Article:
It appears the Syrian government has used chemical weapons, namely Sarin, on its own citizens. It's only human to feel grief and outrage. Something needs to be done.
The frustrating truth is, we're not the ones to do it. Sryia poses no direct threat to the United States or its interests. Military action on our part is simply not justified. It would be nice to see the United Nations grow a pair and intervene, but we have no real authority to act on our own. To do so is to engage in exactly the sort of overbearing forced regime changes we so resent Vladimir Putin for doing.
It is also a complete violation of a very significant campaign promise made by Donald Trump, which gives me pause. Trump ran on the idea that we wouldn't get involved in things like this, that we wouldn't become the world's policeman, and that he'd pursue a Wilsonian "America First" sort of isolationism.
That appears to be out the window. But why, and why now? The Syrian government has been killing its citizens for seven years. The whole time, President Trump told us it wasn't our fight. Am I to believe that a picture of a dying child changed his entire world view?
Perhaps. The man is a living Markov chain, often appearing to run on the whims and impulses of the moment. The idea of such a man sending our soldiers into war is very unsettling.
I suspect it's worse, and here comes the fun part: in which I lament the loss of Steve Bannon, of all people. Bannon was a huge influence on Trump's policy vision, and at the center of that was avoiding foreign military intervention. There have been innumerable reports of him openly feuding with the hawks in Trump's circle. I have a very difficult time accepting that his ouster from the NSC yesterday doesn't have something to do with Trump's sudden, rash decision to order missile strikes on Syria.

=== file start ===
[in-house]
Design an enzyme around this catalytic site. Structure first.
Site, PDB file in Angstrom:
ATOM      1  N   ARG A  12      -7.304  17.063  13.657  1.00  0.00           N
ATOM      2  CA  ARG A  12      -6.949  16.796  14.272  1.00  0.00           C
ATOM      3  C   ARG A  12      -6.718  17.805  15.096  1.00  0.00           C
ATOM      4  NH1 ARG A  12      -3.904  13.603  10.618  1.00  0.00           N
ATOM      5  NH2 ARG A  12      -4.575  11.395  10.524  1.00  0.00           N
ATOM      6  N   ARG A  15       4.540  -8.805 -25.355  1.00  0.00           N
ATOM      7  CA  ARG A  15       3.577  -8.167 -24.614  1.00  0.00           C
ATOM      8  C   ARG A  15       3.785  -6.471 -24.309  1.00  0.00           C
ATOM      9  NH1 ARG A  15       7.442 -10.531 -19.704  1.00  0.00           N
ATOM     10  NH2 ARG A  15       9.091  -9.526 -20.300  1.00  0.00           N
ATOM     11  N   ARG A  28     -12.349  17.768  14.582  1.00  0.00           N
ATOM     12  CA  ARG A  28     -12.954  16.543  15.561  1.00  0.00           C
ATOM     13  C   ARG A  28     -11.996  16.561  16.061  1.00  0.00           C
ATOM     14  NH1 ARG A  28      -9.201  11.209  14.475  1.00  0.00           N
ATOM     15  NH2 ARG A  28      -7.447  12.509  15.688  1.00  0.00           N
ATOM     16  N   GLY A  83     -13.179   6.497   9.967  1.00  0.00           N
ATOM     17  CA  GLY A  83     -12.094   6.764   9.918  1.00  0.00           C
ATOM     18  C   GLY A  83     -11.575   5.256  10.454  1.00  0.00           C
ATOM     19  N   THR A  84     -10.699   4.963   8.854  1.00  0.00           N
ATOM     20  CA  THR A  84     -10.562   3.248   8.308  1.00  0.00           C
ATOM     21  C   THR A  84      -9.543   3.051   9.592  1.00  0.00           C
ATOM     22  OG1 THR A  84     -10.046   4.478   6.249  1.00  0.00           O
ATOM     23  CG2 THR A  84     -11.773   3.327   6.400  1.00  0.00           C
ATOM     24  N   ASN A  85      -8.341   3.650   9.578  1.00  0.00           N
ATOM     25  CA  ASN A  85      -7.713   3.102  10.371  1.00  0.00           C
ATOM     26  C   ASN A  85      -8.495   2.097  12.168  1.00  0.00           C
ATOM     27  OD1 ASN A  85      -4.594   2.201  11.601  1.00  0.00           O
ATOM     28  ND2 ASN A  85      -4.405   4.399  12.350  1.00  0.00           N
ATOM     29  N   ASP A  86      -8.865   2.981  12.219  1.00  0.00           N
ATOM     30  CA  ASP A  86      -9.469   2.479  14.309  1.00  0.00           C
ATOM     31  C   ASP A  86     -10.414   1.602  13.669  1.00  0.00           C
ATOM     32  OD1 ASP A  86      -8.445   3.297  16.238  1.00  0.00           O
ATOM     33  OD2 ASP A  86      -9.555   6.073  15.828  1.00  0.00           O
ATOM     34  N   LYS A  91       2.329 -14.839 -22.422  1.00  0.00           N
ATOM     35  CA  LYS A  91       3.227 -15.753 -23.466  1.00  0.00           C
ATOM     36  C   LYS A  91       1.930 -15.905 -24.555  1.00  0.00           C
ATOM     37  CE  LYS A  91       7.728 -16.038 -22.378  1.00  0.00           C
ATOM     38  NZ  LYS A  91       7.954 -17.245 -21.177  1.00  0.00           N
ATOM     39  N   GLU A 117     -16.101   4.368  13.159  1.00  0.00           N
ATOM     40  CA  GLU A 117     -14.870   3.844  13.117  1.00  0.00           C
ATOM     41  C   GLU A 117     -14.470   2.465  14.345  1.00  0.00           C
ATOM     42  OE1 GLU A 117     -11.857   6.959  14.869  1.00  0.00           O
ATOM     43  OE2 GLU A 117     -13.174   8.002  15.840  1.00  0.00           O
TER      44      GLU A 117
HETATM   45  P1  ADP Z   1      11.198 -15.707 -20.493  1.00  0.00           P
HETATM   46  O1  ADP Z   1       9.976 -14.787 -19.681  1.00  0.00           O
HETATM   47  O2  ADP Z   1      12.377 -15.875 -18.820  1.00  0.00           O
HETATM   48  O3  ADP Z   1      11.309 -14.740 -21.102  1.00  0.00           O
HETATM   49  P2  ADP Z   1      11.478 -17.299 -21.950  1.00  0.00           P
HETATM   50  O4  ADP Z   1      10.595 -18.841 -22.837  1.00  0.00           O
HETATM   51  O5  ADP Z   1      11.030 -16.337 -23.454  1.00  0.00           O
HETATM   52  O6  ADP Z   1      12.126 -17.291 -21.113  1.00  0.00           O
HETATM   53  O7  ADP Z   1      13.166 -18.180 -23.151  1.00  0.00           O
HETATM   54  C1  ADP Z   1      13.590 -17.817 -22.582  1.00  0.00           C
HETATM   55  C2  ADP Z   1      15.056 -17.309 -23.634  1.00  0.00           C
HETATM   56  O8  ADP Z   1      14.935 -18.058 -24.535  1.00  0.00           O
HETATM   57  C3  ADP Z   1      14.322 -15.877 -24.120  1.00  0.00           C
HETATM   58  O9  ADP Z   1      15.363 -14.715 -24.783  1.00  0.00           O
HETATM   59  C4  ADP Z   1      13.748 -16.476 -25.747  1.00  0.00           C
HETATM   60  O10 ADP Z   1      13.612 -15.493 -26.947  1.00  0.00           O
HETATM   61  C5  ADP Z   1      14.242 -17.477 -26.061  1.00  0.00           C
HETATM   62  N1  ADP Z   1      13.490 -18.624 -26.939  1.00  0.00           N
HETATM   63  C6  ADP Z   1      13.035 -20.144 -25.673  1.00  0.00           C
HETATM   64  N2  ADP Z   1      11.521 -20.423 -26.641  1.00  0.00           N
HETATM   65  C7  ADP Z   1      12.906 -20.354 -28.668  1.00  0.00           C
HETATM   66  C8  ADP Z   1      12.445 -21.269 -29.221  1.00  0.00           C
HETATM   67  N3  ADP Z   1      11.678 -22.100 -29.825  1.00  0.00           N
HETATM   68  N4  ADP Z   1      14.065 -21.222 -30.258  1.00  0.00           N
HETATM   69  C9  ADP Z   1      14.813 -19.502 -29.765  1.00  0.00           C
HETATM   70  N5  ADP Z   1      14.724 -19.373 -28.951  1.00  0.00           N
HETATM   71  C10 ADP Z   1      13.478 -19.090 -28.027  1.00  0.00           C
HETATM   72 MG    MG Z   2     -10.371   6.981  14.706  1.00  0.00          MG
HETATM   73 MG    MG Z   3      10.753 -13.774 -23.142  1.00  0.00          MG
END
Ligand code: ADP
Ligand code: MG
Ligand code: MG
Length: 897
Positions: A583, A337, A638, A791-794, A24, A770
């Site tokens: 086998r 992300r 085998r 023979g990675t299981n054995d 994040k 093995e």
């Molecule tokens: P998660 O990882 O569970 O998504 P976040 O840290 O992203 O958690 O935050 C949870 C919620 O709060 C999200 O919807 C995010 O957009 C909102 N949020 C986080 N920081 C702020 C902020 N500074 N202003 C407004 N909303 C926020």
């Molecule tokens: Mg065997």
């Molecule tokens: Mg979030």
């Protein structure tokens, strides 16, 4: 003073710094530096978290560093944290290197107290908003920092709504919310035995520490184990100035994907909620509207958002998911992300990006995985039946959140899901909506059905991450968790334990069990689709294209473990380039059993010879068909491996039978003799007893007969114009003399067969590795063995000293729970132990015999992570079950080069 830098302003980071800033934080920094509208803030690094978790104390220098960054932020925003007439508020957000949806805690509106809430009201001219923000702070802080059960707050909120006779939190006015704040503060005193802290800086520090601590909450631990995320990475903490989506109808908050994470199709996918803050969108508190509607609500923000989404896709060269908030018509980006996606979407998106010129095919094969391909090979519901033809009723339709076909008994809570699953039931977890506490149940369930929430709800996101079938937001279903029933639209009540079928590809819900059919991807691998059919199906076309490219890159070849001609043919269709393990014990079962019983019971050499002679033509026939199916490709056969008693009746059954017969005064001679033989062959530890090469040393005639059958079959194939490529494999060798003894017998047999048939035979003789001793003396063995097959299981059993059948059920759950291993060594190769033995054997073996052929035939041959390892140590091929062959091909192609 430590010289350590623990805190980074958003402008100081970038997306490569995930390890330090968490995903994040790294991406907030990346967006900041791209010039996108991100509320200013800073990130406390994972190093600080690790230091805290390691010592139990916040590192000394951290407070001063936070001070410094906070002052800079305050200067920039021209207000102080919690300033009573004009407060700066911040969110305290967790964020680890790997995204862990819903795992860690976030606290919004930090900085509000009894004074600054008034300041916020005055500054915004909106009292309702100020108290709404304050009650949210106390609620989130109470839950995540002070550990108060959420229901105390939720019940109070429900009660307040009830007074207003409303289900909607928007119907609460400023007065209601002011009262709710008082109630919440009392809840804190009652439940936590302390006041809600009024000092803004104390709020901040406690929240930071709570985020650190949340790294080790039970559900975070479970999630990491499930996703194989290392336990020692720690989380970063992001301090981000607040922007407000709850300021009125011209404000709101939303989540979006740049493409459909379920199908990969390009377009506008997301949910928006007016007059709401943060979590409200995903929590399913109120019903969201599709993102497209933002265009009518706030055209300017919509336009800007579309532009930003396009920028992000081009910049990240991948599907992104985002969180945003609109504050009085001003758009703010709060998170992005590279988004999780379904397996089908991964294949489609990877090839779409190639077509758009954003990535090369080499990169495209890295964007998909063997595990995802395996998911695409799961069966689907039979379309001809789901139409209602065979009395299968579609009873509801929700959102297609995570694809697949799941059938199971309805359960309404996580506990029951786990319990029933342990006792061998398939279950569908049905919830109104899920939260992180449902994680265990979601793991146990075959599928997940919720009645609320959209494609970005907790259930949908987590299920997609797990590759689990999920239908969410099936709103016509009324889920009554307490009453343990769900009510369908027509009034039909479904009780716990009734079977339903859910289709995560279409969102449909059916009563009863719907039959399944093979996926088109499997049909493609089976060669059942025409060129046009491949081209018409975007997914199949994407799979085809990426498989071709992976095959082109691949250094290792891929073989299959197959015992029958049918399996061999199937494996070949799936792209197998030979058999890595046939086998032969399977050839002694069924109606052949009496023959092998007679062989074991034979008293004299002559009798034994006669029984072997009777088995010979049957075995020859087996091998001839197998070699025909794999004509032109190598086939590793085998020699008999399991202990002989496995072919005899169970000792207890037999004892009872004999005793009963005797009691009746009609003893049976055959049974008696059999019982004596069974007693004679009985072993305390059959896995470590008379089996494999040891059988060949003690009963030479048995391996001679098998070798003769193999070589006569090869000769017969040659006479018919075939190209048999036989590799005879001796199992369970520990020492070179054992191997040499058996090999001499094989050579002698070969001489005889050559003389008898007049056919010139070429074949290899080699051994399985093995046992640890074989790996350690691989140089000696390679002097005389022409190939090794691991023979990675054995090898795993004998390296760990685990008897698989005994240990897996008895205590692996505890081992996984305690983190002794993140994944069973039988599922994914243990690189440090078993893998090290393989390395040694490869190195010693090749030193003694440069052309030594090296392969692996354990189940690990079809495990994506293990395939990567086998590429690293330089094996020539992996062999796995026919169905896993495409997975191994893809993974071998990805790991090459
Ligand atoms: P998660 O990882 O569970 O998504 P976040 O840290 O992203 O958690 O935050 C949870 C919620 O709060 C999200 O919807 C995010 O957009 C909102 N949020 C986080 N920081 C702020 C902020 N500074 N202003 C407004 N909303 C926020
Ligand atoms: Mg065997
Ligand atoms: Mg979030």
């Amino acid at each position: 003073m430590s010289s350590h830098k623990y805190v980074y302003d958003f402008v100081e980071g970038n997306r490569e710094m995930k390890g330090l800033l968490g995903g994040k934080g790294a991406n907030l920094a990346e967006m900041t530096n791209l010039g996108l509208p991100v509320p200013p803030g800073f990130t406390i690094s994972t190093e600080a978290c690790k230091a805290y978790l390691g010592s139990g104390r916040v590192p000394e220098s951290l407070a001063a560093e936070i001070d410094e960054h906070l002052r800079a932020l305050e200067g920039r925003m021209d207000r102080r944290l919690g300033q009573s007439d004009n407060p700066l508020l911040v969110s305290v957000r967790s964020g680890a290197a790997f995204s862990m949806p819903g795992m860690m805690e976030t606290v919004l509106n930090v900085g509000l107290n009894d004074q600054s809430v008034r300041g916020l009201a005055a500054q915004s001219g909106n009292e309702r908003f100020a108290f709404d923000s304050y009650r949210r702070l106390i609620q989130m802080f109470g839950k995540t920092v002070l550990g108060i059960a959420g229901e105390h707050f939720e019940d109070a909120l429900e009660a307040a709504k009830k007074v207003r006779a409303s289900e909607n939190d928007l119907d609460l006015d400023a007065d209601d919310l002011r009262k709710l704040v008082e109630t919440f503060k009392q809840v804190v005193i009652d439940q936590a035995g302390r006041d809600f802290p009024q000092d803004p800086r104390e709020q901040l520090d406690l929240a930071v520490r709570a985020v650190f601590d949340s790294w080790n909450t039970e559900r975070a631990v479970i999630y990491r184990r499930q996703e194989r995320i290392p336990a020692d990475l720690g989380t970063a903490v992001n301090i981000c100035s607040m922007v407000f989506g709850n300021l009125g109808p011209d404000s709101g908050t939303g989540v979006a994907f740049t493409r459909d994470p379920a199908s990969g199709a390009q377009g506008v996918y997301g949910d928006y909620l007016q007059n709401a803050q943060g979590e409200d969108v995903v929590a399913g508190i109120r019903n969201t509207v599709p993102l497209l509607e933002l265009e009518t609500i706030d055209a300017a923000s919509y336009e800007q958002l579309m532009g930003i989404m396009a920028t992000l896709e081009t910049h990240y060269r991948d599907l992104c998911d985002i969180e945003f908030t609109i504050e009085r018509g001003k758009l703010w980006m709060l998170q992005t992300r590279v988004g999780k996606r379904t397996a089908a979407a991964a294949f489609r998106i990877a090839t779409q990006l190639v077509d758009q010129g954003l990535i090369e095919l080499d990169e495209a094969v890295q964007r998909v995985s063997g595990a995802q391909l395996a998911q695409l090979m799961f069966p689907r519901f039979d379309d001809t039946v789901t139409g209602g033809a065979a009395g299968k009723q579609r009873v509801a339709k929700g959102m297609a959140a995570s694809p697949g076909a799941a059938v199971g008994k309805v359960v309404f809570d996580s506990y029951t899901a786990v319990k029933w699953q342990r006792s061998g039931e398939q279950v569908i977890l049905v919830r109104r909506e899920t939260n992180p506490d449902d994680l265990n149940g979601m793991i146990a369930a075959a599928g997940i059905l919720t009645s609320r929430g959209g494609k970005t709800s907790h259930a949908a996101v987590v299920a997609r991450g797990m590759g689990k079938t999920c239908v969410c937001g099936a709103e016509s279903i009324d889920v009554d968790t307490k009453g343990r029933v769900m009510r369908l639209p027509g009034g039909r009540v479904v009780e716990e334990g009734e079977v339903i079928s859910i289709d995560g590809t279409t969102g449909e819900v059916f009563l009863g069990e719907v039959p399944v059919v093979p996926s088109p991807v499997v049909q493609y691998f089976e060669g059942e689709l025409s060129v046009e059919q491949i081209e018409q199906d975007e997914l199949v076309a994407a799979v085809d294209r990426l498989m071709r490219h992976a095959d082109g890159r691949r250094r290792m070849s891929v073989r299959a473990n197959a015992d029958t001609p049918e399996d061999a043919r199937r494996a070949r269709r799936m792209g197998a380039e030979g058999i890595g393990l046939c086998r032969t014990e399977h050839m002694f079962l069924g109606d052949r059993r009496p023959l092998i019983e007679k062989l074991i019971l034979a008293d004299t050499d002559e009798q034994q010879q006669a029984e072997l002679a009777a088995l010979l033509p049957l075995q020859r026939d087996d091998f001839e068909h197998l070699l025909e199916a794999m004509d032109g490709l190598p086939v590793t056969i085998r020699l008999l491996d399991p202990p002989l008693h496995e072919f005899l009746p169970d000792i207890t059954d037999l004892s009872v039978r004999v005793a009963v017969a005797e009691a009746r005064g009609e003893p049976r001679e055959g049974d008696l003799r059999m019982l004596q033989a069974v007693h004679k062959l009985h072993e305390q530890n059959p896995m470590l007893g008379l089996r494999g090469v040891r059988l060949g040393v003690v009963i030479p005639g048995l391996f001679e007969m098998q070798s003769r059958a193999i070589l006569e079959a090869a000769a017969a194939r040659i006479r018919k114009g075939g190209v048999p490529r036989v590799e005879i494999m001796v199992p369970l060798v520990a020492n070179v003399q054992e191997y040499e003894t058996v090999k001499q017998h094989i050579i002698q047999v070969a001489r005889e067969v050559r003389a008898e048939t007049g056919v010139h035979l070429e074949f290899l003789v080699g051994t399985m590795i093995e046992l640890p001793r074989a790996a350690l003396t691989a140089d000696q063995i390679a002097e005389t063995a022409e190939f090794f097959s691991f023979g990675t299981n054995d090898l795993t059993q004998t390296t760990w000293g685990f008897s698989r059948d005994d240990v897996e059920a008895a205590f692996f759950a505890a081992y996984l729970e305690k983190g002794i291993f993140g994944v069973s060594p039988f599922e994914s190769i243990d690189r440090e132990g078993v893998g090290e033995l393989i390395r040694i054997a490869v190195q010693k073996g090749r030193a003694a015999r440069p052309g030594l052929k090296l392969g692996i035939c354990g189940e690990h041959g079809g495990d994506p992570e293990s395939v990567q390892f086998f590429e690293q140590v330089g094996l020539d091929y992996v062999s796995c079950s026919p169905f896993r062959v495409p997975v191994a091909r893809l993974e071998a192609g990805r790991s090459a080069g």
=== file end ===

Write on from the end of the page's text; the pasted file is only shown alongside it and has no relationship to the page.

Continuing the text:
In short, I think somebody got to Trump. I mentioned Wilson before, and his early term is worth revisiting. He ran on a populist, isolationist platform, much like Trump. He won reelection with the slogan "he kept us out of war." He even pursued a position of neutrality when the Lusitania was sunk with 128 Americans on board. We're expected to believe a single telegram from Germany to Mexico suddenly swayed a nation from neutrality to a war stance.
I doubt it was that simple then, and I doubt it now. The timing of Bannon's departure lines up too well.
So now we're committed, and we're very likely alone. Ambassador Haley has already told the UN that we'll continue to strike if Assad crosses ill-defined red lines. Well, as of today, Assad has resumed his bombings of civilian targets. If we fail to respond, we look weak, and that's not something this President will abide at all.
We've no justification and no coalition. All this does is edge us closer to a repeat of our Cold War bush wars with Russia. What's worse is that we live in a time when wars never end. We still have Afghanistan on our plate, and it's not as if Iraq is stable. There is absolutely no point and nothing to be gained by us opening a third front in Syria.
I don't know who's whispering in Trump's ear right now, but it isn't Bannon and it certainly isn't Maddis. This whole fiasco suggests that Maddis is somehow out of the loop, and that frightens me most of all.
It's a morbid parallel that the strikes occurred one day after the 100th anniversary of our entry into World War I. 116,000 Americans died in those trenches, driven to madness, choking on poisoned air, aching with starvation, and ultimately cut down by the brutal machinery Europe had adopted to carry on their petty centuries-old grudge matches.
We had no place settling the world's scores then, and we have no place doing so now.